I am an American writer living in Japan where my work focuses on food, farming, and farmers markets with the occasional travel piece. Over the course of my time here, it has been my great pleasure to meet and visit a number of small farmers and learn from them while sharing the bounty of their fields.
They, particularly those practicing organic methods, present a very real solution to much of what ails our world, from a lack of community and environmental degradation to obesity and climate change. Telling their stories – whether that of a Tohoku farmer still coping with the effects of the 2011 triple disaster, a brother and sister duo in Nara combining natural farming techniques with traditional practices, the Tokyo organic farmers I worked with every day for five years, or a Kanagawa farmer quietly preserving heirloom seeds – has been an honor.
My work is undoubtedly inspired by my ancestors: German and Irish migrants who left behind friends and family to start new lives in the fields and furrows of the American Midwest on Winnebago Nation lands. My life in Japan has, in many ways, brought me closer to them and contending with the complexities of that history large and small. I seek out the stories I do in order to better understand this heritage, as well as myself. It is something of a long way around, but the scenic route always affords better views.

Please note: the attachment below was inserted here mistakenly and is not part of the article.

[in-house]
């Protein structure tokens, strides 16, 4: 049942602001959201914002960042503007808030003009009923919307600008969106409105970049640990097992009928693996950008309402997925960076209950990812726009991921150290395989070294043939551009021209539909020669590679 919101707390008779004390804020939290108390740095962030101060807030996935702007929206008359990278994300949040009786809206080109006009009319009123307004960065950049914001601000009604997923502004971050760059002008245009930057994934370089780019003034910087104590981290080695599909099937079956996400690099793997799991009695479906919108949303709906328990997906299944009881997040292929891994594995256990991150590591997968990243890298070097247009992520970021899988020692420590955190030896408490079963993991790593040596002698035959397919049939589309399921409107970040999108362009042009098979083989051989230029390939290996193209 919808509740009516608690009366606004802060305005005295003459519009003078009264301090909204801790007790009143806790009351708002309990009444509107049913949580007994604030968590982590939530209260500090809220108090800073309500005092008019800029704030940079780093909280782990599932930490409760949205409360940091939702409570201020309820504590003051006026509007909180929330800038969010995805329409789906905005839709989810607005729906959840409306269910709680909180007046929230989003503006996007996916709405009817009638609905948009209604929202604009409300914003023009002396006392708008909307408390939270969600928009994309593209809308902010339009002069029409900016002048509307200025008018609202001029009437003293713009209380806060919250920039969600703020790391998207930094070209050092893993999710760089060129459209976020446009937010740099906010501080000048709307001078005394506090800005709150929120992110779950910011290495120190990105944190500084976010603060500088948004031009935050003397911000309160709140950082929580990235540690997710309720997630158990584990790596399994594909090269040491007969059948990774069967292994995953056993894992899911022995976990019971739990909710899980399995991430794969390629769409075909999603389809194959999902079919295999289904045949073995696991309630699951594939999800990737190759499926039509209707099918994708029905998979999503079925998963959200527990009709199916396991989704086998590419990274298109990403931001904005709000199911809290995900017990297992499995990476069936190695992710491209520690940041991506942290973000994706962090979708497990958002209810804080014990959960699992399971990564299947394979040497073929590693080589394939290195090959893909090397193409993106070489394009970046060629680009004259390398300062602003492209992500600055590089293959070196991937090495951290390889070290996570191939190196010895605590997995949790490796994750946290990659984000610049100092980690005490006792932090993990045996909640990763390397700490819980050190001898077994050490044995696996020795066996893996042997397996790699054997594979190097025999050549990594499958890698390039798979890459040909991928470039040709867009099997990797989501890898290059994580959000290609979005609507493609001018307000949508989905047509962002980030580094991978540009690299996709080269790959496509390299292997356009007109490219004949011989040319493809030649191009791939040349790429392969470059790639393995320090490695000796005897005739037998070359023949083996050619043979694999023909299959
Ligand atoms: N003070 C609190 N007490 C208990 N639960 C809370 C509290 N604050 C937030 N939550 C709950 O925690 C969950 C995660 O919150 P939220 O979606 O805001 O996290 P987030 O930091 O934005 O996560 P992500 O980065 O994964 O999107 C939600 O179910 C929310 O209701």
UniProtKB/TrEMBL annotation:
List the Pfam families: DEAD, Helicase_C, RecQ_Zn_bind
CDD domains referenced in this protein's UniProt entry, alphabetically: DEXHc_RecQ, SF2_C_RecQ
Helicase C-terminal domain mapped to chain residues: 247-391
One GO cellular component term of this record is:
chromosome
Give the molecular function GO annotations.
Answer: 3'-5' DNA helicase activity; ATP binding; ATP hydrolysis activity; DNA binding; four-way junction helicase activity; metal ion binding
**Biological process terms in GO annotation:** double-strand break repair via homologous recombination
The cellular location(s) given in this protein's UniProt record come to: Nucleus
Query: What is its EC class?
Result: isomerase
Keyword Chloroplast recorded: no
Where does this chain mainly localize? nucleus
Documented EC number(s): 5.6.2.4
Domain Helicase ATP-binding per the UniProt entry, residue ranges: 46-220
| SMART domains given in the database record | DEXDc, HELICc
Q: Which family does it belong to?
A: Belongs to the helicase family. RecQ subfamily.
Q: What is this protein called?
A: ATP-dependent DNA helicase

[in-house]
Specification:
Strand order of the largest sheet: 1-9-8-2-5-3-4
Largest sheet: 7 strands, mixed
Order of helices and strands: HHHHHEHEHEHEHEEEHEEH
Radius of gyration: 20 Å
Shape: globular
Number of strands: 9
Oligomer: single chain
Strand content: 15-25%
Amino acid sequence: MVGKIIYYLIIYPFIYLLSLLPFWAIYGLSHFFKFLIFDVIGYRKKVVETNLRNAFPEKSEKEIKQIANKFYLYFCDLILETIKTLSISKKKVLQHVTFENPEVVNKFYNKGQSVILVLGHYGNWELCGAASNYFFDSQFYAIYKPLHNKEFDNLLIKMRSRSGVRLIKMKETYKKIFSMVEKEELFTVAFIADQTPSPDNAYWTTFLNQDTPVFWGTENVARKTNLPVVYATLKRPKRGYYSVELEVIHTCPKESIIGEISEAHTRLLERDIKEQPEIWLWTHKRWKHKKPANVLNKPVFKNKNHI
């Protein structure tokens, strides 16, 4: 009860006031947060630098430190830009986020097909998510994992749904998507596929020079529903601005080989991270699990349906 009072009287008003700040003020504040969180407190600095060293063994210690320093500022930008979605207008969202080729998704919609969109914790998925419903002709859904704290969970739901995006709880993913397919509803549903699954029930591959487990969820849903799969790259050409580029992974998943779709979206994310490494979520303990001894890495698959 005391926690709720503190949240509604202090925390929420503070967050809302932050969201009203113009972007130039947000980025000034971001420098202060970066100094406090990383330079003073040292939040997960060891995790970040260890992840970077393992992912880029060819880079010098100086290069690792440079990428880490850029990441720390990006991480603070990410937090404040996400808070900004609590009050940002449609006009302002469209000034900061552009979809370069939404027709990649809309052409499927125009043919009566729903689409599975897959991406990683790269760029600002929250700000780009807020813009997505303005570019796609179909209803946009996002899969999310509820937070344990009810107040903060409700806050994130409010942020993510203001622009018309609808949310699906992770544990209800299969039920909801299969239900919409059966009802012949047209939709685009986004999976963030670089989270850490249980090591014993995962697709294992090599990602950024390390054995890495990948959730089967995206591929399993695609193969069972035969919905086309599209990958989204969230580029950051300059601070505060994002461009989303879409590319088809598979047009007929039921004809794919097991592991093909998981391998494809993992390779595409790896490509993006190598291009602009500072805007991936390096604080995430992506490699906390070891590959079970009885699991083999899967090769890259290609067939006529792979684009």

My current efforts are divided between articles and book reviews about women in food, permaculture, natural farming, and traditional food practices in Japan along with essays about my experiences here. Farming the same land season after season for literally thousands of years, I believe the Japanese farmers I meet and spend time with have much to share with the rest of the world, and I’d like to help facilitate that.
To that end, I’ve recently added teaching about food to my activities. My students and I explore their food cultures through a different lens each week, including local foods, defiant foods, and hidden food culture as well as learning about the interaction of soil and climate and the growers and producers who help put magic on the plate. It’s an extraordinary journey, not least because of what they unearth and share with me in their homework. I couldn’t be happier.